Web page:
9/11 Stories

Stéphanie Deraîche

I suppose I am just another outsider attempting (through this story) to exorcise the demons that have become a part of my being as a result of the attack on September 11, 2001. I have gone from feeling shocked, to scared, to mad, to sad, and now, as awful as it may seem, I wish I could pretend the whole thing didn’t happen. Guilt has also been a predominant emotion as I live in a complete different country, and yet I still felt threatened. I somehow feel that I haven’t earned that right being a Canadian. At some level, I even feel envious of the American resolve - the way the American people (and particularly New Yorkers) have rallied together is both amazing and inspirational. If anyone knows anything about the language issue in Quebec, you may understand what I mean when I say envious. In the face of a tragedy such at the WTC, what language you speak or are spoken to in a restaurant hardly seems relevant. I wonder if our politicians have realized this.

I was in my car that morning on my way to work and was late, as usual. I begin work at 9:00. I always listen to the radio in my car in an effort to stay abreast of current events. At 9:05 a song was interrupted by the announcement that “John Moore had late breaking news from the news room”. John went on to say that an airplane hit the World Trade Center. Silly me thought a pilot had an epileptic fit at the controls. By the time I parked my car, news of the second hit came through my car radio speakers and I sat frozen in my car, parked in the indoor parking lot of Montreal’s Molson Centre. I was in an awful state, and to add to the drama, there was a demonstration complete with riot police going on directly on the street that I must cross to get to my office. I am a mother of a five-year-old girl and yet I felt like a scared little child myself. I literally wanted to stop right there and cry…..I almost hoped someone would comfort me.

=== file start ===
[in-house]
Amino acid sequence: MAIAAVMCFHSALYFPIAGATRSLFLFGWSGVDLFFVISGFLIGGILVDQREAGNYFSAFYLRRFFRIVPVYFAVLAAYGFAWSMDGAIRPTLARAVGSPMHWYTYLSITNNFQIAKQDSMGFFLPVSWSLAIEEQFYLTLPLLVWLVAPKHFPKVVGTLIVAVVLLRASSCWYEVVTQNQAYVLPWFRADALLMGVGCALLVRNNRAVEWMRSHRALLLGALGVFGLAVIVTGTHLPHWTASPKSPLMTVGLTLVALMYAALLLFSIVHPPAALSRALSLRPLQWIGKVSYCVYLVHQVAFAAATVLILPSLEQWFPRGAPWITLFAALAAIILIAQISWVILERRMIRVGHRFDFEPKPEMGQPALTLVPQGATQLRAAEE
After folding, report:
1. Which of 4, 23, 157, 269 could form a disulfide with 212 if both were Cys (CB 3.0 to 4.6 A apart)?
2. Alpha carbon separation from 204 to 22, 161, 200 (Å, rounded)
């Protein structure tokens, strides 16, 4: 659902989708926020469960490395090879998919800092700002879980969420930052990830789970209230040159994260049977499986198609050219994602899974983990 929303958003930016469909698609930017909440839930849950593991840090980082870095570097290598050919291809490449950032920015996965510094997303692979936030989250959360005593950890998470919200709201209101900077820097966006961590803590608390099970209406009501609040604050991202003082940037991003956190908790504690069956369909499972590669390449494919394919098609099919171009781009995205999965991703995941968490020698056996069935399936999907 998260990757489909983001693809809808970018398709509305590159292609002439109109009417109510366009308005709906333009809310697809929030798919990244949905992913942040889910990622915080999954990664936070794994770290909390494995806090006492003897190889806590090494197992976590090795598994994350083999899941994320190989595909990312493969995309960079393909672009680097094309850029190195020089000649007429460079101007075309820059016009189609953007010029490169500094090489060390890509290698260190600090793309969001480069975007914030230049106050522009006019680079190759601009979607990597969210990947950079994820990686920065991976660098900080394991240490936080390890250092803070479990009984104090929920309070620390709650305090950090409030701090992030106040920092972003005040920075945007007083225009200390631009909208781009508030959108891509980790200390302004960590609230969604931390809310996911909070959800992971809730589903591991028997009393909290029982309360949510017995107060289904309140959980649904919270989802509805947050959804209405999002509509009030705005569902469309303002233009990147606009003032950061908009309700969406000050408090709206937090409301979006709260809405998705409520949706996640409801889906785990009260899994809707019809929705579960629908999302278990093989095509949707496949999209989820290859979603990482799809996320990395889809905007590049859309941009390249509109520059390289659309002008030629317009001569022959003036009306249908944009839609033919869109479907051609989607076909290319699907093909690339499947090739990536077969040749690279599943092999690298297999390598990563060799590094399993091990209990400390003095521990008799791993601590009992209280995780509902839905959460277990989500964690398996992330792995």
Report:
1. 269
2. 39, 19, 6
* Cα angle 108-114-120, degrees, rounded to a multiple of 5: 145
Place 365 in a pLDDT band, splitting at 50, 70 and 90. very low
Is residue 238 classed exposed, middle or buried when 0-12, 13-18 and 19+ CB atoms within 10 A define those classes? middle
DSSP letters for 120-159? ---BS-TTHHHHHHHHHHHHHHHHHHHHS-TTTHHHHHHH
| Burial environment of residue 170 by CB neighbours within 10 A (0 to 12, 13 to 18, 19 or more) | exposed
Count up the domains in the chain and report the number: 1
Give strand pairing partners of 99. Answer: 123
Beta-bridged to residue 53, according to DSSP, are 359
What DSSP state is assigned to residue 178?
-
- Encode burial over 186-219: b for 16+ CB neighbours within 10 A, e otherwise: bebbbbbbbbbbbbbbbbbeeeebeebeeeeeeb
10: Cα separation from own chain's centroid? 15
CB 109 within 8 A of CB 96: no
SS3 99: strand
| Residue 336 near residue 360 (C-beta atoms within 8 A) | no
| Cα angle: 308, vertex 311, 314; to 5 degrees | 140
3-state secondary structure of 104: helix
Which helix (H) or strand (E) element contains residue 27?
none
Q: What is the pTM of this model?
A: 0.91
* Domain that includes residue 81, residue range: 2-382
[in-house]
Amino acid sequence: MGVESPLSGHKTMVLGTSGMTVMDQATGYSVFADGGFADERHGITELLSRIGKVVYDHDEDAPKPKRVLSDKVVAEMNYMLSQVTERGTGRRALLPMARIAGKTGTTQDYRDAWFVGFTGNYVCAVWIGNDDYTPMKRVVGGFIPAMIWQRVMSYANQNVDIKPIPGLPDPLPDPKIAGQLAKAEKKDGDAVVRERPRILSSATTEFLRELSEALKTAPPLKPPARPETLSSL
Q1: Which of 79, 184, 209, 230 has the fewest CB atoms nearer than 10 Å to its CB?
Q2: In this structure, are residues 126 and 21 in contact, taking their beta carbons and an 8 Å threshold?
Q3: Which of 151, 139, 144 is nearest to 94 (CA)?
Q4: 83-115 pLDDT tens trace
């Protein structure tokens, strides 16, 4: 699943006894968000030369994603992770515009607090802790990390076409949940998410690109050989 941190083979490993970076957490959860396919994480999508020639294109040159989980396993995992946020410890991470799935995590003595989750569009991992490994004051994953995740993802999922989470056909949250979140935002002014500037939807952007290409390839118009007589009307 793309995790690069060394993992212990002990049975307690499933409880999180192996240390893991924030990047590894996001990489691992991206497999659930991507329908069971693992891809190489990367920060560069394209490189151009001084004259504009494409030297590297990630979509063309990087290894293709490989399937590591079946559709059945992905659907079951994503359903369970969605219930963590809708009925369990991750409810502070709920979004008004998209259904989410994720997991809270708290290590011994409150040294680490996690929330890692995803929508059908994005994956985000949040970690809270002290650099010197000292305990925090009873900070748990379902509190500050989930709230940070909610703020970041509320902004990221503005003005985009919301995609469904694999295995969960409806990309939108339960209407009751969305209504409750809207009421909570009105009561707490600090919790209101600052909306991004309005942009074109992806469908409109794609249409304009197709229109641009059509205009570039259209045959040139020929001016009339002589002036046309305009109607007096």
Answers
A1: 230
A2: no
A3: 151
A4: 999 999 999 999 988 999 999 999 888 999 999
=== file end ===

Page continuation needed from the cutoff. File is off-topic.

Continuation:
When I got into the elevator of my building it was obvious the banter had begun…...still, I was convinced that when I got off the elevator that morning, I would be delivering the news to the office because nobody listens to the radio in the office. You could imagine my surprise when I found the two board rooms full and the televisions blaring. Executives and support staff gathered in the board rooms and for once, we were all on the same footing. Being as emotional as I am, I chose to stay at my desk, opting for a few glimpses at the TV every once in a while. My mother who works from home was calling me literally every fifteen minutes with an update.

The office took on a very strange feeling that day. One of our own was in New York City that day, and the Senior Lawyer I report to was in Washington.

I didn’t get anything done that day. Instead, I spoke to friends and thought of my daughter and how beautiful and perfect she is….I thought of all the stupid things I ever did out of anger, jealousy, envy…..etc…..

I spent the next week watching and listening to as much news as possible. It was therapeutic.

Eventually, I had to stop tuning in as the stories I was hearing became unbearable…...I cannot fathom losing a loved one in that way….no body, no closure…..it’s as if it’s untrue…...losing a loved one is awful enough…...but losing them without any warning and with nothing to bury…...I just can’t imagine…....



Stéphanie Deraîche
Montreal, Quebec, Canada